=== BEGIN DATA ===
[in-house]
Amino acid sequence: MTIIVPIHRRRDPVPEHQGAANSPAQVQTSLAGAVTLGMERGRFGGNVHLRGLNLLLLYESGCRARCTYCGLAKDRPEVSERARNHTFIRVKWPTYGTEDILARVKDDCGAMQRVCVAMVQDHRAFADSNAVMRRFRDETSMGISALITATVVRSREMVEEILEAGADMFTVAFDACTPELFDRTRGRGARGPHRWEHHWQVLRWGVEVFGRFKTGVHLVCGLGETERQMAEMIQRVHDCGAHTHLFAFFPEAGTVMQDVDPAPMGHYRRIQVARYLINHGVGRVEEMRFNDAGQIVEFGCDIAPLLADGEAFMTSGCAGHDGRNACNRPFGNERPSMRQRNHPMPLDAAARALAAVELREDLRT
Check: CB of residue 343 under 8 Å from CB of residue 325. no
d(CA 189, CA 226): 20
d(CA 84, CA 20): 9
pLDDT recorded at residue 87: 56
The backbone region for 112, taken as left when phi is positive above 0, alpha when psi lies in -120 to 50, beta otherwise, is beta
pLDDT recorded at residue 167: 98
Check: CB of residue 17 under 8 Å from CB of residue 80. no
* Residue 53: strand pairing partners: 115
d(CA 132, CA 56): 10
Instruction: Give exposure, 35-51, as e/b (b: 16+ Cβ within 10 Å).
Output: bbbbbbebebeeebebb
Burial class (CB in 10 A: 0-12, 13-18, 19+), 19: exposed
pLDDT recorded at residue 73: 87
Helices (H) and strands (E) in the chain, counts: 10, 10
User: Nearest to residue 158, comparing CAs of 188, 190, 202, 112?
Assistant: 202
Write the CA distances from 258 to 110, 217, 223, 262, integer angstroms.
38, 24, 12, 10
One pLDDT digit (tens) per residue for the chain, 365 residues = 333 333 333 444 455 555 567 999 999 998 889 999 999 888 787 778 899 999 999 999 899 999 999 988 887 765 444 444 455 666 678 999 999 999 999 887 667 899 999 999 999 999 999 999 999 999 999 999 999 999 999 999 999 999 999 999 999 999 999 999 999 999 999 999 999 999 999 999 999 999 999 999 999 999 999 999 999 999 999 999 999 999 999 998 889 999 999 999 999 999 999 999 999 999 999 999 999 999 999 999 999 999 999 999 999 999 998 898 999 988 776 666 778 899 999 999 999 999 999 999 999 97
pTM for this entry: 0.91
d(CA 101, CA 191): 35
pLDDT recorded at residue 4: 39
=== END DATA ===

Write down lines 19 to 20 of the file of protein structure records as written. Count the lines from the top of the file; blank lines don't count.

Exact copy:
Write the CA distances from 258 to 110, 217, 223, 262, integer angstroms.
38, 24, 12, 10